Umbah - Trilobeth
I, Voidhanger Records
Industrial Metal, Avant-Garde
13 songs (57:49)
Release year: 2010
Umbah, I, Voidhanger Records
Reviewed by Goat
Surprise of the month

How's this for obscure? Umbah have been slaving away in the British underground for years, self-releasing twelve full lengths since 1996 without a bit of recognition from the metal media, and it's only now that I've received a promo copy of this reissue of 2007's Trilobeth that I've even heard of them. Pretty much a one-man band, Cal Scott (of the extremely cult Death Metallers Necrosanct) performs all instruments, and it's clearly a labour of love from a look at the band's website, where all of the albums are available to download free of charge. As with many artists that do this, it's great stuff, and more than worthy of hitting the donate button to support. I'll admit to not familiarising myself with all twelve full-lengths, but from Trilobeth it's easy to hear the genius. Heavily Industrial and electronic, guitars range from Death Metal chugs to ambient weirdness, and the sheer variety is at once the album's biggest strength and biggest weakness.

This is quite a trip, melding the chaotic bludgeoning of Meshuggah with the Industrial soundscapes of Skinny Puppy, but anyone who has heard examples of Industrial Black Metal will find familiar sounds too, Umbah having shades of Wolok and Blut Aus Nord. The focus is Death rather than Black, however, and more like the Ulcerates and Gorguts of the scene than the Deicides. Each and every track is different, making for a difficult album to get to grips with - some songs will have elements of one aspect of the band's sound, others go in a completely different direction. It's well-played and very cleverly composed, however, and if you're willing to give the music the time it needs, this is a rewarding album. Take opener The Fall Of Modern Thought as an example, weirdly psychedelic guitar tones zooming from ear to ear before the (extremely well-programmed) drums kick in, almost breakbeats beneath the spidery guitars and twisted vocals. It briefly launches into blastbeats and torrential riffage, but is never happy when the listener isn't off-balance and reeling at the strange sounds invading, as they soon do in strangely Tech-Death fashion.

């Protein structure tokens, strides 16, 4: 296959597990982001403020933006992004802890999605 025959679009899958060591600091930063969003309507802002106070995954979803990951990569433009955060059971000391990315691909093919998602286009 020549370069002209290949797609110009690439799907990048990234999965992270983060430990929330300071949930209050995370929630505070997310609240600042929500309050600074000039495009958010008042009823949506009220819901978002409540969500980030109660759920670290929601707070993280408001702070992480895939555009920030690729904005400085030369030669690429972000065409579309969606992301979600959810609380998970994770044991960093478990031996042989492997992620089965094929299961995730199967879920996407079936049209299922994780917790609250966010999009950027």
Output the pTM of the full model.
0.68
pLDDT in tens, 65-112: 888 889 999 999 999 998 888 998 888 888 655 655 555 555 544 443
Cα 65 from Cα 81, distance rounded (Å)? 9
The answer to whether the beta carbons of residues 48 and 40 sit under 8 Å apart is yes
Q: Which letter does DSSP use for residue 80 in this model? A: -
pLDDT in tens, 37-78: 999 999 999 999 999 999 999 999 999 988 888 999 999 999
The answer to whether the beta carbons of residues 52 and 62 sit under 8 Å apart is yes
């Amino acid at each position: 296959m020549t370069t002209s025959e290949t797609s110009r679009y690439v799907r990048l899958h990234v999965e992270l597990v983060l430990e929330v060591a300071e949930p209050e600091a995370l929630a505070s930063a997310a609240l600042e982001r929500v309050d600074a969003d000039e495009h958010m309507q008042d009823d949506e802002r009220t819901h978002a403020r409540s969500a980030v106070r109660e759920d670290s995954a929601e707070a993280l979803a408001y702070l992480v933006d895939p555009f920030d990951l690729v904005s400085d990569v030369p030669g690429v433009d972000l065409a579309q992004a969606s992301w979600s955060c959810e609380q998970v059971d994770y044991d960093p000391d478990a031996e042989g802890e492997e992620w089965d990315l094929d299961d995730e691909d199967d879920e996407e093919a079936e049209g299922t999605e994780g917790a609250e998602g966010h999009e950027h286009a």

The closest comparison I can make is Dødheimsgard after an overdose of psychedelics, allowing their sound to sprawl in all directions rather than point in one. Horon Vakel spends time following electronic threads to their natural conclusions with sudden bursts of soloing, Beehive is driven more or less fully by electronics, clean vocals making for a Goth-induced track that is surprisingly catchy, and Beryllium Crisis' meandering twangs and dread-filled distorted vocals build up the tension until the song just suddenly stops, leaving you hanging. The heavier, almost Grinding Sheep Of Sad Fate brings The Berzerker to mind, but it's a very different sound to the Aussies, and you'll forget all about it when the following A Happy Story turns to pastures more commonly associated with old Mudvayne. Of course, it's better than anything from the thankfully forgotten LD.50, but the comparison will probably be enough to put some people off. Rest assured, this is far from Nu Metal, sitting firmly in metal territory as melodies flow over each other and rhythmic surges pound and pulse.

Pleasingly, the album gets weirder the deeper into it you get, from the out-there time signatures and Goregrind vomiting of A Little Uneasy to throwing classical elements into the mix on Mesoria A Larkara. It's really one of those peculiar records than only fans of a certain style will bother hunting down and checking out, and it's a shame, as any open-minded metalhead who enjoys his music with a hefty dollop of mental on the top will find much to appreciate here. The finest accolade I can ultimately give Umbah is that the band will still be playing its unique style in ten years' time, whether you check it out or not - driven wholly and purely by love of the music, Cal Scott is a hero of the underground, and deserves all the attention and praise that he's survived so long without.

MP3 page of official website (don't forget the donate button!)
Killing Songs :
The Fall Of Modern Thought, Beehive, Sheep Of Sad Fate, A Happy Story, A Little Uneasy, Mesoria A Larkara
Goat quoted 82 / 100
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